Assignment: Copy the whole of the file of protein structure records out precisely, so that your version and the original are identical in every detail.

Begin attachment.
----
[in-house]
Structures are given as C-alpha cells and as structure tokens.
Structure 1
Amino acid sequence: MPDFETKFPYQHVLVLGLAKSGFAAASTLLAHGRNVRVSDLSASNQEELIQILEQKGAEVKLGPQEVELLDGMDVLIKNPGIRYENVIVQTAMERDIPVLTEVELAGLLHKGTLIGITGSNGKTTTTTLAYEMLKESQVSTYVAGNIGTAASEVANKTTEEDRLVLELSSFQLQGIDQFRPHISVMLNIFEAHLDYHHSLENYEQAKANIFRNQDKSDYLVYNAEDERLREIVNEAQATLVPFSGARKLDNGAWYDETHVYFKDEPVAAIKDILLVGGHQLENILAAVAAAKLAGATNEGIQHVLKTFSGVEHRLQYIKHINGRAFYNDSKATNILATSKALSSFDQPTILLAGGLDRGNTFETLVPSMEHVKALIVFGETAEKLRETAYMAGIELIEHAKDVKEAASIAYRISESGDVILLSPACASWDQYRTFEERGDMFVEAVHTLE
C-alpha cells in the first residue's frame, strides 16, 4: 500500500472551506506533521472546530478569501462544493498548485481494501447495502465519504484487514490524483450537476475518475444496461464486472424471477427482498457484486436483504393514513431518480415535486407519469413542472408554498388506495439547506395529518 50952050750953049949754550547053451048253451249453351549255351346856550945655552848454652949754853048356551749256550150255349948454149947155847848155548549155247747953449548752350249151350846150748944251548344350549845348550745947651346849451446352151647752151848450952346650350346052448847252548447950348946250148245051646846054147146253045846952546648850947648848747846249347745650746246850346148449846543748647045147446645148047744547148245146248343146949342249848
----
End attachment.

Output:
[in-house]
Structures are given as C-alpha cells and as structure tokens.
Structure 1
Amino acid sequence: MPDFETKFPYQHVLVLGLAKSGFAAASTLLAHGRNVRVSDLSASNQEELIQILEQKGAEVKLGPQEVELLDGMDVLIKNPGIRYENVIVQTAMERDIPVLTEVELAGLLHKGTLIGITGSNGKTTTTTLAYEMLKESQVSTYVAGNIGTAASEVANKTTEEDRLVLELSSFQLQGIDQFRPHISVMLNIFEAHLDYHHSLENYEQAKANIFRNQDKSDYLVYNAEDERLREIVNEAQATLVPFSGARKLDNGAWYDETHVYFKDEPVAAIKDILLVGGHQLENILAAVAAAKLAGATNEGIQHVLKTFSGVEHRLQYIKHINGRAFYNDSKATNILATSKALSSFDQPTILLAGGLDRGNTFETLVPSMEHVKALIVFGETAEKLRETAYMAGIELIEHAKDVKEAASIAYRISESGDVILLSPACASWDQYRTFEERGDMFVEAVHTLE
C-alpha cells in the first residue's frame, strides 16, 4: 500500500472551506506533521472546530478569501462544493498548485481494501447495502465519504484487514490524483450537476475518475444496461464486472424471477427482498457484486436483504393514513431518480415535486407519469413542472408554498388506495439547506395529518 50952050750953049949754550547053451048253451249453351549255351346856550945655552848454652949754853048356551749256550150255349948454149947155847848155548549155247747953449548752350249151350846150748944251548344350549845348550745947651346849451446352151647752151848450952346650350346052448847252548447950348946250148245051646846054147146253045846952546648850947648848747846249347745650746246850346148449846543748647045147446645148047744547148245146248343146949342249848